In the film Green Book, Viggo Mortensen portrays the real-life Tony “Lip” Vallelonga, an Italian-American bouncer from New York who takes a job as a driver for Don Shirley (the real-life African-American jazz pianist) during Shirley’s 1962 concert tour through the Deep South. I previously discussed the controversy surrounding the film in the post about my ballot for Best Supporting Actor, so I won’t rehash that here. But as good as Mahershala Ali is as Don Shirley (regardless of the potential issues with the film’s story), Mortensen just seemed average for me. He is obviously a very talented actor (this is his third nomination for Best Actor), and in the film, he is very convincing in his physical depiction of Tony Lip – he even put on 40–50 pounds for the role. However, as compelling as the real-life Tony Lip may have been, I simply found his character in the film to be lacking a whole lot of depth (which was surprising, considering his own son, Nick Vallelonga, co-wrote the screenplay) – the character is too two-dimensional, simply living from worn-out trope to worn-out trope. Mortensen was good, but this spot in the nominations definitely should have gone to Ethan Hawke for First Reformed.

Top 10 Films of 2018, No. 4 – A Star Is Born

A Star Is Born is a musical drama directed by Bradley Cooper (in his directorial debut) and co-written by Eric Roth, Bradley Cooper, and Will Fetters.  The film tells the story of a country musician named Jackson Maine (Cooper) who discovers and falls in love with a young, aspiring singer named Ally (Lady Gaga). Ally’s budding musical career quickly takes off, but all the while, Jackson’s own personal demons threaten to tear his down.

Star Gif 4This iteration of A Star Is Born is the third remake of the original 1937 film, following reincarnations in 1954 (starring Judy Garland and James Mason) and 1976 (starring Barbara Streisand and Kris Kristofferson). Despite trotting through familiar territory, the Cooper- and Gaga-led version feels undeniably new and wholly unique. As much as this film is about the music (and trust me, the music is flawless – I still listen to “Shallow” at least a few times each week), it is really much more about an exploration of Jackson and Ally and their obviously genuine, but altogether complicated, love story. These two characters clearly inspire each other in the most believable ways possible (both in life and in music), which makes their rollercoaster relationship that much more affecting for an audience. Star Gif 1Although the ease of buying into this tale of romance has a lot to do with Cooper and Lady Gaga as actors (their chemistry was organic, unforced, and utterly convincing), it can also be credited to the dynamic screenwriting trio, the X factor of which is Eric Roth. Roth has led a critically acclaimed career behind the pen, writing the scripts (and receiving Oscar nominations) for Hollywood heavy-hitters Forrest Gump, The Insider, Munich, and The Curious Case of Benjamin Button. With such an illustrious filmography, it is patently obvious that Roth’s fingerprints were all over the script for A Star Is Born.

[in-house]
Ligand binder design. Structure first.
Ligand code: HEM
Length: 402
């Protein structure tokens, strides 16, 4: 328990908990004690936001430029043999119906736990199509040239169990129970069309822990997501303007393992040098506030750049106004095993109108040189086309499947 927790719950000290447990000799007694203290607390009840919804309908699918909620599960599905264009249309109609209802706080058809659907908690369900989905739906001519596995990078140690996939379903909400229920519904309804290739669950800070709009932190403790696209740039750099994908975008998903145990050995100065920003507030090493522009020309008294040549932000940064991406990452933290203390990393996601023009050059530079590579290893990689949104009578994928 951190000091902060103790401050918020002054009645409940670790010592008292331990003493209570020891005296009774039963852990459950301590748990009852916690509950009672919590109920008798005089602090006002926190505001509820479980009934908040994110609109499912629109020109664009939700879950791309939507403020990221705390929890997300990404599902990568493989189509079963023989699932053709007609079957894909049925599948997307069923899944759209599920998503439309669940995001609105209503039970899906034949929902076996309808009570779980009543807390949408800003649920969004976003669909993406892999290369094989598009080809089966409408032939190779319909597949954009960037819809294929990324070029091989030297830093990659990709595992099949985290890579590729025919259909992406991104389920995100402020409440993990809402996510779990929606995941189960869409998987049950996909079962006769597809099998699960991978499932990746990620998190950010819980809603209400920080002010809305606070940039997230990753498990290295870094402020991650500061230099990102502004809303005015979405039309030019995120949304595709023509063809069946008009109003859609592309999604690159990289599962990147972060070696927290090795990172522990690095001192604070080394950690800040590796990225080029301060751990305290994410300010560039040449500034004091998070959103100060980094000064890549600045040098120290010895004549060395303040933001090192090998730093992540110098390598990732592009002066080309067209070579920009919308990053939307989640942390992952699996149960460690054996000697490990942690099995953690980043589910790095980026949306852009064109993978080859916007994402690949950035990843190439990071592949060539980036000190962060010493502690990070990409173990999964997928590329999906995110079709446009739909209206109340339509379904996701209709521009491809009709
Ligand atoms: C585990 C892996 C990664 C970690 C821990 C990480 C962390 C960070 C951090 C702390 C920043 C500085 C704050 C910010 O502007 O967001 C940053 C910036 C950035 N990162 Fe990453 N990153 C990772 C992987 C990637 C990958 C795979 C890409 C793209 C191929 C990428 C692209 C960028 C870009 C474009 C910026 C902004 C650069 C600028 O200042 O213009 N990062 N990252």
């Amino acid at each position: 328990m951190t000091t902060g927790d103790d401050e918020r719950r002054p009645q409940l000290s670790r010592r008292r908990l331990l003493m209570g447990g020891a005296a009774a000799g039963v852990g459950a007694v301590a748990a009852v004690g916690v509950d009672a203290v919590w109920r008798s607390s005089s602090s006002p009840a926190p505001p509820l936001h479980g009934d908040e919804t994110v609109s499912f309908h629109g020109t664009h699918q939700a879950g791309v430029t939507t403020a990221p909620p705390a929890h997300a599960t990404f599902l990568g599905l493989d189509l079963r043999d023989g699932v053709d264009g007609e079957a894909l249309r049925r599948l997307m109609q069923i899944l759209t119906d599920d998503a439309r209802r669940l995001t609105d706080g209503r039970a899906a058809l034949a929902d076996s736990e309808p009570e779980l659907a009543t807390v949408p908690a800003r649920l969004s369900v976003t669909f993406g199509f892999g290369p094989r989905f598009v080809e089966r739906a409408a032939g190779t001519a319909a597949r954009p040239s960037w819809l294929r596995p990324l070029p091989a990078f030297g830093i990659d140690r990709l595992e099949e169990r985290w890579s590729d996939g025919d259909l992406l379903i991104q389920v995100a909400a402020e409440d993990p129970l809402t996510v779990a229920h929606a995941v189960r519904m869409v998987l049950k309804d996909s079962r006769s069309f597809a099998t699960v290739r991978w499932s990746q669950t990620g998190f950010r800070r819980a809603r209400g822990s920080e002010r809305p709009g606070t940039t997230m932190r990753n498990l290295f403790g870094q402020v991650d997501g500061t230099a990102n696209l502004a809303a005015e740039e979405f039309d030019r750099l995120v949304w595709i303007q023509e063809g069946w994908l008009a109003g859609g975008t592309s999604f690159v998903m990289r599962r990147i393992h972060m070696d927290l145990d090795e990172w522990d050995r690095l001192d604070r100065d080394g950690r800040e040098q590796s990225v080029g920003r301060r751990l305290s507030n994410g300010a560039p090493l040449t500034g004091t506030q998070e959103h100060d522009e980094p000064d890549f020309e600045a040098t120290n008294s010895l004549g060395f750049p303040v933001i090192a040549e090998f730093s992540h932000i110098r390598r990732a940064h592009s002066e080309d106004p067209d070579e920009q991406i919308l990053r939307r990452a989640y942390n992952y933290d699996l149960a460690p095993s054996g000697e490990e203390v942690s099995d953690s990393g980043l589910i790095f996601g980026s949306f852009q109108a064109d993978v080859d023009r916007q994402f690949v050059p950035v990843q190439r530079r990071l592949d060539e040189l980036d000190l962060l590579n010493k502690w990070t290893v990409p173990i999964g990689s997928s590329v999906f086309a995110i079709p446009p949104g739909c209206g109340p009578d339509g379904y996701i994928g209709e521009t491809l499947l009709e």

Star Gif 3The movie also benefits tremendously from an exquisite directorial achievement by Cooper. Some of the most emotionally packed scenes in all of film this year came from A Star Is Born, and Cooper’s vision is at the root. Avoiding spoilers, I will say that the emotional climax of the film was, even for someone that hadn’t seen any of the previous iterations of the story, predictable. But despite that, Cooper still presented it in a way that felt raw and unexpected – it was single-handedly the most heart-wrenching scene of the year. (There wasn’t a dry eye in the theater.) Further, the main function of a director, aside from being the film’s chief visionary, is to get the best work out of the actors – in that department, Cooper far exceeded all expectations that could possibly have been set for him. As I will get into more detail about in a moment, Lady Gaga delivered an exceptional performance as Ally. Yes, she was clearly born to be a performer. Yes, she already has a small handful of acting credits. And yes, the film is about a singer, which Gaga already is in real life. But in the wrong director’s hands, a good performer could still fall flat – it happens all the time. Luckily, in A Star Is Born, the combination of Cooper’s shrewd direction and Gaga’s unquestionable talent came together beautifully to offer one of the year’s best acting performances. Star Gif 5It also says a lot that Sam Elliott, a pioneer in the acting world with a career that spans over five decades, received his first Oscar nomination of all time in the role of Bobby Maine, Jackson’s manager and half-brother. Not only did Cooper bring out the best in Lady Gaga, but he also found a way to elicit a career-defining supporting performance from a Hollywood legend. I am still quite a bit upset that Cooper was overlooked in the Best Director category – he definitely should have received a nomination for his work behind the camera.